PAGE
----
“If you wanna be my lover
You gotta get with my friends
Make it last forever
Cos friendship never ends…”
“Don’t you have school?” “Don’t you have work?” “Ah, touche.” – Homer and Bart, recognizing just how silly these plots are getting.
Airdate: March 28th, 1999 Written By: John Swartzwelder. Plot: The Simpson family (bar Lisa) go to the Slaughterhouse, a steakhouse where the waiters kill the cow in front of the patrons. One menu item is a 16lb steak that only two people finished – Tony Randall and trucker Red Barclay. Homer decides to take on Red… but while Homer loses, the contest doesn’t end too well for the trucker. Feeling remorseful, Homer decides to take on Red’s last route to Atlanta, and Bart hops on for the ride.
Meanwhile, Marge and Lisa decide to install a new doorbell – one that plays “Close to You”. Their patience to have somebody ring the doorbell wears thin, however, and eventually Lisa takes the plunge… one that will ultimately prove detrimental to the neighborhood’s sleep schedules.
Oh, yeah! Set your amps to max, turn your hairdryers to Max Power, switch your radio over to Max FM, and take your son Max over to Lake Destiny, because we’re in for our second Maximum episode in a row! Time to shift it into “Maximum Homerdrive!”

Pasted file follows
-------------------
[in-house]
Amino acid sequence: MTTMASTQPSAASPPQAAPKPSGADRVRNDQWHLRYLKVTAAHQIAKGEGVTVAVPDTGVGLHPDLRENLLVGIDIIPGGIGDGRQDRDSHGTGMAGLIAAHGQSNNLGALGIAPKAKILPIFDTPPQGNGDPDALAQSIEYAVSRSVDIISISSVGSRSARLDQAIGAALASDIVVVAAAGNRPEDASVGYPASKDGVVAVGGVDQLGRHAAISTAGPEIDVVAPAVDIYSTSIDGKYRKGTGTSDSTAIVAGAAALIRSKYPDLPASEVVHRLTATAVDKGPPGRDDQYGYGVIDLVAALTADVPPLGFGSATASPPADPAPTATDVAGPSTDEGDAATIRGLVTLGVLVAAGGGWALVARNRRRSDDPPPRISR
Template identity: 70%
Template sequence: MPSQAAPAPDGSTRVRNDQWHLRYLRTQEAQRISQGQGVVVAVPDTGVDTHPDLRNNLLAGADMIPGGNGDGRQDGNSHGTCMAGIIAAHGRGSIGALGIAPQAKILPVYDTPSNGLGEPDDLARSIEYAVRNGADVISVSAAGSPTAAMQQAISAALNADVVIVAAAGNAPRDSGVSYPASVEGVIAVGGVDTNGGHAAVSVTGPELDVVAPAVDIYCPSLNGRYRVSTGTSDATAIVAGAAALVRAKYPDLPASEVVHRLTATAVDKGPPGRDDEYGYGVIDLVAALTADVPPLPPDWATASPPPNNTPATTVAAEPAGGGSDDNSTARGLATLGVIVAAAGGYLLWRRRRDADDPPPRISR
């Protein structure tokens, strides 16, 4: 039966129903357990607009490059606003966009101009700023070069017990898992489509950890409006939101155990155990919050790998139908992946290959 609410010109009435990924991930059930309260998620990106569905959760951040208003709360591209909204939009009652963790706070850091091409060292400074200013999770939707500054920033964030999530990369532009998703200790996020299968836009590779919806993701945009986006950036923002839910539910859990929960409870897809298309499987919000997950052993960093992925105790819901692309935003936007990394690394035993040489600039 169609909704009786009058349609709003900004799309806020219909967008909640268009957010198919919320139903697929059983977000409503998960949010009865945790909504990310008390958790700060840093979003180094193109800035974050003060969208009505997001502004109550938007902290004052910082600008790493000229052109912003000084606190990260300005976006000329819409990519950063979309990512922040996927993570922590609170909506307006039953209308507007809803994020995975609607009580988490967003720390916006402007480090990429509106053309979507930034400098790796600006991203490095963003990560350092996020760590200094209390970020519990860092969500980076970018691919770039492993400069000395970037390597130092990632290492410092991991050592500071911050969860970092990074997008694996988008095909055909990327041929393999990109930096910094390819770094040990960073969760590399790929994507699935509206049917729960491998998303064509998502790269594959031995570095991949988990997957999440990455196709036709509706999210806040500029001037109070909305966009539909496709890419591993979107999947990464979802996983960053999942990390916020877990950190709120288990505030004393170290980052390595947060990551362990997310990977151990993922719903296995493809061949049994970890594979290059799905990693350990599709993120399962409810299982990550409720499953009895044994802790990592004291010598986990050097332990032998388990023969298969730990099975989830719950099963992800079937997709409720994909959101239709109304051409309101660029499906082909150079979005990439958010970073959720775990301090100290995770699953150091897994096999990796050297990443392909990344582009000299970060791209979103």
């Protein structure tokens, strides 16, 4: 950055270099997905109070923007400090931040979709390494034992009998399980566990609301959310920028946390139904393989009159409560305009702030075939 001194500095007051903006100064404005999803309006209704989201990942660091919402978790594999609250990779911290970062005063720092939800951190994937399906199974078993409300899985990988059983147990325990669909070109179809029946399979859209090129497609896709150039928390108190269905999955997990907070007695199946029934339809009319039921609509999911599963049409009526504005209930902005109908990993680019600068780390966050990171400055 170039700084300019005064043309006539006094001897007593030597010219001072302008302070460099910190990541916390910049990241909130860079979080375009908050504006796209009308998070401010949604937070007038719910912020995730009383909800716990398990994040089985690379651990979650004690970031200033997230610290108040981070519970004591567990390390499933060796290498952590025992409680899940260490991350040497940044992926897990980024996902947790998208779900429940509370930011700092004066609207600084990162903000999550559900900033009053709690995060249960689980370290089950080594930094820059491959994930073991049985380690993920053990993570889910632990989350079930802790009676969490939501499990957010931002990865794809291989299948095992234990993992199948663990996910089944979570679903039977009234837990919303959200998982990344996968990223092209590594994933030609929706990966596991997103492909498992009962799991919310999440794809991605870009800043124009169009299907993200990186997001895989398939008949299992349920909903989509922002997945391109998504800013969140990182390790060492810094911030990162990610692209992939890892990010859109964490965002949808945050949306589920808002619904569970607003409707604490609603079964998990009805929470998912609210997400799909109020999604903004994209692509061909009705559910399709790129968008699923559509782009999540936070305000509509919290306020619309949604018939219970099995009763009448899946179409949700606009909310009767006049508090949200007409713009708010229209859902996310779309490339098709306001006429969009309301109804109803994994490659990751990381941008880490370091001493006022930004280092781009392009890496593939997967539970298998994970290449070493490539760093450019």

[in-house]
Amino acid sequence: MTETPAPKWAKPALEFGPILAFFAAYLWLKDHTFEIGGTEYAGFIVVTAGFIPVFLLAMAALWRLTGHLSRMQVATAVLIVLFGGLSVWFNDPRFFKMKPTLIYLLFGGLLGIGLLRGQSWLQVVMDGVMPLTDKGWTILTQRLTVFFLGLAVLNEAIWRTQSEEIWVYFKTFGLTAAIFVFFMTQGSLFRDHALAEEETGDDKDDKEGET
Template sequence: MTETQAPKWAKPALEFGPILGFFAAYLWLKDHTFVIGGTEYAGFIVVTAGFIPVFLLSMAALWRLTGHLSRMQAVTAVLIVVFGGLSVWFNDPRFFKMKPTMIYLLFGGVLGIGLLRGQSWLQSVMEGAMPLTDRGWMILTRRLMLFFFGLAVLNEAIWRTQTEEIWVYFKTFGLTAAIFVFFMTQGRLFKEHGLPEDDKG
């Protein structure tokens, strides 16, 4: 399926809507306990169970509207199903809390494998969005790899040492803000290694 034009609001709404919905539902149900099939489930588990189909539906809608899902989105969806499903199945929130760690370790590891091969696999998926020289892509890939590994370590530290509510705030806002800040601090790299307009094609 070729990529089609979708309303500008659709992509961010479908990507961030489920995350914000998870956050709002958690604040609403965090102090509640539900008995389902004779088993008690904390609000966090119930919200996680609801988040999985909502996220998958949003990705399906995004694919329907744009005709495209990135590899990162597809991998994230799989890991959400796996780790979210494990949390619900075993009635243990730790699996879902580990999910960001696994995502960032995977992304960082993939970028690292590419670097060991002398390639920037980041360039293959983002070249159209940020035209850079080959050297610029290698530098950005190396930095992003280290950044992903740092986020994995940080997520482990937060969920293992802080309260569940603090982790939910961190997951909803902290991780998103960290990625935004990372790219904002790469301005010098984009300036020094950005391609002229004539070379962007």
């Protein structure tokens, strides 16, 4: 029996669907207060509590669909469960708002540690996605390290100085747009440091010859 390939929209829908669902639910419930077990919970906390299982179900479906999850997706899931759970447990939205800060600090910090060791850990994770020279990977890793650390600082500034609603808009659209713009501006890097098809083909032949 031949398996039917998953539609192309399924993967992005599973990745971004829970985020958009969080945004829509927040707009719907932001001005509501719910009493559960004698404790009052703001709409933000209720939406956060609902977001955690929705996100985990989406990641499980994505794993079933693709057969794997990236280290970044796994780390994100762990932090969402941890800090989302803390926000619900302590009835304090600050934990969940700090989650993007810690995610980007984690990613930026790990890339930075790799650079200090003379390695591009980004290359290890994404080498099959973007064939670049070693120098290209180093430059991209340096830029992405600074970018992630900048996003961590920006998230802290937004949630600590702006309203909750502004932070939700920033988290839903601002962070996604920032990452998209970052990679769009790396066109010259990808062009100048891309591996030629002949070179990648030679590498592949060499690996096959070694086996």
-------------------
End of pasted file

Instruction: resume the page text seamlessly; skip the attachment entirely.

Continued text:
Through my life, the “road trip” has been a favorite pastime of mine. Thus, episodes of TV shows revolving around road trips seem to lure me in. And I have to admit it – “Maximum Homerdrive” is actually an episode I rather like. Yeah, it’s silly, contains a rather thin plot, and probably the pinnacle of “Homer Gets A Job” plots that dominate Season 10. But, for some reason, I get a nostalgic feeling with this episode.
“Anger is what makes America great. But you must find a proper weapon for your rage.” – Sgt. Crewe. Personally, I watch Simpsons episodes produced during the show’s decline and complain about them on a blog.
Airdate: February 21st, 1999 Plot: While trying to flee a variety show, Homer sees the four-wheel strength of the Canyonero. He goes to buy it, only to get the “F-Series” – a version of the car targeting women. His fear of being labeled gay has him toss the keys to Marge (read, has him hotwire her old car). Marge gets behind the Canyonero, and immediately gains some impulse. Unfortunately, this translates into road rage – one that gets her sent to Traffic Court. This proves ineffective, though, and eventually, her license is suspended… just in time for an incident at the zoo that, for some reason, requires her help. (Go on, guess why?)